Tuesday, January 31, 2012

Nothing Like A Fresh Cake

I've wound a lot of skeins of yarn in my day, and I get some pretty lopsided, mangy looking messes coming off my swift. More often than not, I find myself untangling yarn that wound too loose and fell into the gears of the winder, or weaving errant ends out of the swift because they've somehow found their way over and under a whole skein and if I try to wind it, they just get tighter and tighter. I can spend an hour untangling a ball of yarn that just didn't agree with the winder or the swift—beautiful yarns that are silky and resilient and wonderfully lofty (you wouldn't think so, the way they behave!). They are as stubborn as I am, so it becomes a battle of patience and time. And you can't let the yarn win.


                                        
This...
                                        
...becomes this
Yarn is beautiful knit up, but I might venture to say it is prettiest in a cake. When you wind yarn the right way, it forms a perfectly squat, cylindrical little cake that is neither too tight or too loose, and absolutely beautiful in its perfection.This can be especially true with multicolored yarns. Sometimes you buy a multicolored yarn that looks beautiful in the hank, then you wind it and it looks even more beautiful in the skein, then when you knit it something goes... wrong. The colors don't line up the way you thought, or they pool together in clumps, or they don't mix as well in the knitting as they did in the skein. I bought yarn that was pink, spring green and light brown that looked absolutely beautiful in the skein, but when I looked up projects on ravelry, I saw socks that had been knit with it and they looked like the stuff that comes out of a baby, and I don't need to tell you which end of the baby (it's both ends).

Not this kind of cake. Though I sometimes wish it were.

So yarn might be at its best in a cake. It still has all the potential for being absolutely anything, and it still looks good. If you liked the color when you bought it, well, it hasn't changed much yet for you to feel differently about it. And a cake of yarn is anything. It's a hat, gloves, scarf, sweater—it hasn't committed to anything yet. It's still just a spark, and there's nothing better than that really. It can't disappoint and it can't be a let down—it's just not possible yet—but it can be everything good you can think of. That's pretty amazing. What is even more amazing is if you start knitting with it and it doesn't turn out like you thought it would, well, you can rip it out and start over. Although, it's never again that perfect cake. You can't wind it back exactly the way it was when it came fresh off the winder.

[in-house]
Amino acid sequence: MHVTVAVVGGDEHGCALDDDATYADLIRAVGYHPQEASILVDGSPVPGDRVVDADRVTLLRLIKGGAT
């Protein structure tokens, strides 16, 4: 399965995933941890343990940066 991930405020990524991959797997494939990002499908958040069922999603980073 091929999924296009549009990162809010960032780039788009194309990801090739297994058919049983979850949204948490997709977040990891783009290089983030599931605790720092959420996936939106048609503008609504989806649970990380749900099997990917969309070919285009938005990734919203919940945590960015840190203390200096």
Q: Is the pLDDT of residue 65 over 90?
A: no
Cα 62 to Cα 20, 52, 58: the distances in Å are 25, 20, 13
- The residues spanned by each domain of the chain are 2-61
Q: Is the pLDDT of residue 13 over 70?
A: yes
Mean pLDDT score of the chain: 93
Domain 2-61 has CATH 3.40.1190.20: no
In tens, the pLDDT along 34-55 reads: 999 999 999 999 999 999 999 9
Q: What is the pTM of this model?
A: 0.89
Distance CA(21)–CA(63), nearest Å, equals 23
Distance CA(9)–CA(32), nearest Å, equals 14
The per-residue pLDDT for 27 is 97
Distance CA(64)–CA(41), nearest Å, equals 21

Like this. 

That's a perfect little cake of yarn, if you weren't sure what a cake of yarn was. It used to be in a big long hank, then it turned into that.
Incidentally, I've already started two different hats with it, neither of which pleased me, and so I ripped them out. I've decided I need to design a hat, but I've never really designed a hat before, not beyond a very basic, ribbing-on-the-bottom-stockinette-in-the-body hat. Like a real design, with design features, maybe a cable? I tried something initially and The Doo told me it looked like something they put on patients who are getting tests on their brain. So of course I had to rip it out.
I'm having one of those weeks where I think I can't design anything and I look at all the young designers on ravelry and get depressed at how great they are, and how seemingly quickly they got where they are, and I wonder why I bothered learning something so late, with no art background and no innate understanding of design or clothing structure. I feel like I can never catch up, and maybe I don't really have anything to offer.
And then I look at my perfectly squat little cake, and feel just a teeny bit better.

Flossie


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